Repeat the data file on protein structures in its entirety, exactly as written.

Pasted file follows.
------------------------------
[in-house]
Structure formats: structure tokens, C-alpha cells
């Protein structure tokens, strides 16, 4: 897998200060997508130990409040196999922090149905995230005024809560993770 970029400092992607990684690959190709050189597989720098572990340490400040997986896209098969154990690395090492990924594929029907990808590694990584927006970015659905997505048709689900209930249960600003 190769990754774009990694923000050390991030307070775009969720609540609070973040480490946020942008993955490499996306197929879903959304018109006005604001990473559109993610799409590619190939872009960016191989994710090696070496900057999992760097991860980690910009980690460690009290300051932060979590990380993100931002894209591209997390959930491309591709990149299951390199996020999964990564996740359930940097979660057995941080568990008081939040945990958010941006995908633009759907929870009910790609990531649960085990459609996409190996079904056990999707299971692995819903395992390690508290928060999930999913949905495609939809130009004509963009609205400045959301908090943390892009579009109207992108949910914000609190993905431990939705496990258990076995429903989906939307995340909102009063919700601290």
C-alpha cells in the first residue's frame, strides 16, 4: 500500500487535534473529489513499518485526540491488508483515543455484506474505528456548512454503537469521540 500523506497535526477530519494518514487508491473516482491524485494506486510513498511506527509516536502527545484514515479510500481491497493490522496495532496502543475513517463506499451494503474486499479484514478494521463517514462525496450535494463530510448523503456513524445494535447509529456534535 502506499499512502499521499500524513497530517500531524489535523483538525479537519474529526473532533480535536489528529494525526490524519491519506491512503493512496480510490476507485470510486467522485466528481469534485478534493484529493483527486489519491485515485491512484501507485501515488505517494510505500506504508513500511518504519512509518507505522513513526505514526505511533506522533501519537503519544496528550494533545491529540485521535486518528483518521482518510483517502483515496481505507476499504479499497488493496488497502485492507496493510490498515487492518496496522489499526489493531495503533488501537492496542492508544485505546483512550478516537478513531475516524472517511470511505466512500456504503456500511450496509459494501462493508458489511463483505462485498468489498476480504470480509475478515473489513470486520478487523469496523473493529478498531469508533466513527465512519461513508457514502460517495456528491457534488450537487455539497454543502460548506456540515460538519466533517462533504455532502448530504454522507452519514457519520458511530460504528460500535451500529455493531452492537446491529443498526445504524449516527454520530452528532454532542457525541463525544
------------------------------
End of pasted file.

[in-house]
Structure formats: structure tokens, C-alpha cells
């Protein structure tokens, strides 16, 4: 897998200060997508130990409040196999922090149905995230005024809560993770 970029400092992607990684690959190709050189597989720098572990340490400040997986896209098969154990690395090492990924594929029907990808590694990584927006970015659905997505048709689900209930249960600003 190769990754774009990694923000050390991030307070775009969720609540609070973040480490946020942008993955490499996306197929879903959304018109006005604001990473559109993610799409590619190939872009960016191989994710090696070496900057999992760097991860980690910009980690460690009290300051932060979590990380993100931002894209591209997390959930491309591709990149299951390199996020999964990564996740359930940097979660057995941080568990008081939040945990958010941006995908633009759907929870009910790609990531649960085990459609996409190996079904056990999707299971692995819903395992390690508290928060999930999913949905495609939809130009004509963009609205400045959301908090943390892009579009109207992108949910914000609190993905431990939705496990258990076995429903989906939307995340909102009063919700601290």
C-alpha cells in the first residue's frame, strides 16, 4: 500500500487535534473529489513499518485526540491488508483515543455484506474505528456548512454503537469521540 500523506497535526477530519494518514487508491473516482491524485494506486510513498511506527509516536502527545484514515479510500481491497493490522496495532496502543475513517463506499451494503474486499479484514478494521463517514462525496450535494463530510448523503456513524445494535447509529456534535 502506499499512502499521499500524513497530517500531524489535523483538525479537519474529526473532533480535536489528529494525526490524519491519506491512503493512496480510490476507485470510486467522485466528481469534485478534493484529493483527486489519491485515485491512484501507485501515488505517494510505500506504508513500511518504519512509518507505522513513526505514526505511533506522533501519537503519544496528550494533545491529540485521535486518528483518521482518510483517502483515496481505507476499504479499497488493496488497502485492507496493510490498515487492518496496522489499526489493531495503533488501537492496542492508544485505546483512550478516537478513531475516524472517511470511505466512500456504503456500511450496509459494501462493508458489511463483505462485498468489498476480504470480509475478515473489513470486520478487523469496523473493529478498531469508533466513527465512519461513508457514502460517495456528491457534488450537487455539497454543502460548506456540515460538519466533517462533504455532502448530504454522507452519514457519520458511530460504528460500535451500529455493531452492537446491529443498526445504524449516527454520530452528532454532542457525541463525544